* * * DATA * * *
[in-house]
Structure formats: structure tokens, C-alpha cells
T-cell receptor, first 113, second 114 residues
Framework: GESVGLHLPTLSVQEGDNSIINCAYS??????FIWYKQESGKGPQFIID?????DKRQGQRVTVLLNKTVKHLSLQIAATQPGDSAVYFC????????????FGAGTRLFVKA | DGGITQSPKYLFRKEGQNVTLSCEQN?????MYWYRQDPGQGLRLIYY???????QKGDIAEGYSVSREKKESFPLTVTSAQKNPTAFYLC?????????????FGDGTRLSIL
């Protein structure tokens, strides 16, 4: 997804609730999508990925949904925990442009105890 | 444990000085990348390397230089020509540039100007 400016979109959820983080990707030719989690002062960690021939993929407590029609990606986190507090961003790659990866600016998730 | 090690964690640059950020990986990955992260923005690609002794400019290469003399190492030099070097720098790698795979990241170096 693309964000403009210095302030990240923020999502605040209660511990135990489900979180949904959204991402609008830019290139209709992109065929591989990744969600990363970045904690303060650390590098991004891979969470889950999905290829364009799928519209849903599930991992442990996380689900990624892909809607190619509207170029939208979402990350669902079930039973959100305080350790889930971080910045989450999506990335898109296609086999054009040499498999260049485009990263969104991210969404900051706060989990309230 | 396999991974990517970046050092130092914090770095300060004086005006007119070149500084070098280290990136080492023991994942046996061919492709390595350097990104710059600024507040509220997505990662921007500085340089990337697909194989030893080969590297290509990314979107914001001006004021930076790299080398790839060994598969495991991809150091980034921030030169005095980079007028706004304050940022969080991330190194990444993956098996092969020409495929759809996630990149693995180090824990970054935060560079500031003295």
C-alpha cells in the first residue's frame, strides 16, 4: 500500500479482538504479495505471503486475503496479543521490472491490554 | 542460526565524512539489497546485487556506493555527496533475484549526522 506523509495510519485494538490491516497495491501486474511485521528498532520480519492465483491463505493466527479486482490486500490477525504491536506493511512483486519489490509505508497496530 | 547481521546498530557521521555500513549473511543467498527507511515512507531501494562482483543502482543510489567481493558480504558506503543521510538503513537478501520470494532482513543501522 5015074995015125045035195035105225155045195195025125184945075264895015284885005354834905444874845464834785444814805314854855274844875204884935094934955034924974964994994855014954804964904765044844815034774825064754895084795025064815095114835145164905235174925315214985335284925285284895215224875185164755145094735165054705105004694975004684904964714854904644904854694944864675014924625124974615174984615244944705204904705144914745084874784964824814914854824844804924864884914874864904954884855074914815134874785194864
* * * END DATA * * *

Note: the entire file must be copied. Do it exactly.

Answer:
[in-house]
Structure formats: structure tokens, C-alpha cells
T-cell receptor, first 113, second 114 residues
Framework: GESVGLHLPTLSVQEGDNSIINCAYS??????FIWYKQESGKGPQFIID?????DKRQGQRVTVLLNKTVKHLSLQIAATQPGDSAVYFC????????????FGAGTRLFVKA | DGGITQSPKYLFRKEGQNVTLSCEQN?????MYWYRQDPGQGLRLIYY???????QKGDIAEGYSVSREKKESFPLTVTSAQKNPTAFYLC?????????????FGDGTRLSIL
């Protein structure tokens, strides 16, 4: 997804609730999508990925949904925990442009105890 | 444990000085990348390397230089020509540039100007 400016979109959820983080990707030719989690002062960690021939993929407590029609990606986190507090961003790659990866600016998730 | 090690964690640059950020990986990955992260923005690609002794400019290469003399190492030099070097720098790698795979990241170096 693309964000403009210095302030990240923020999502605040209660511990135990489900979180949904959204991402609008830019290139209709992109065929591989990744969600990363970045904690303060650390590098991004891979969470889950999905290829364009799928519209849903599930991992442990996380689900990624892909809607190619509207170029939208979402990350669902079930039973959100305080350790889930971080910045989450999506990335898109296609086999054009040499498999260049485009990263969104991210969404900051706060989990309230 | 396999991974990517970046050092130092914090770095300060004086005006007119070149500084070098280290990136080492023991994942046996061919492709390595350097990104710059600024507040509220997505990662921007500085340089990337697909194989030893080969590297290509990314979107914001001006004021930076790299080398790839060994598969495991991809150091980034921030030169005095980079007028706004304050940022969080991330190194990444993956098996092969020409495929759809996630990149693995180090824990970054935060560079500031003295």
C-alpha cells in the first residue's frame, strides 16, 4: 500500500479482538504479495505471503486475503496479543521490472491490554 | 542460526565524512539489497546485487556506493555527496533475484549526522 506523509495510519485494538490491516497495491501486474511485521528498532520480519492465483491463505493466527479486482490486500490477525504491536506493511512483486519489490509505508497496530 | 547481521546498530557521521555500513549473511543467498527507511515512507531501494562482483543502482543510489567481493558480504558506503543521510538503513537478501520470494532482513543501522 5015074995015125045035195035105225155045195195025125184945075264895015284885005354834905444874845464834785444814805314854855274844875204884935094934955034924974964994994855014954804964904765044844815034774825064754895084795025064815095114835145164905235174925315214985335284925285284895215224875185164755145094735165054705105004694975004684904964714854904644904854694944864675014924625124974615174984615244944705204904705144914745084874784964824814914854824844804924864884914874864904954884855074914815134874785194864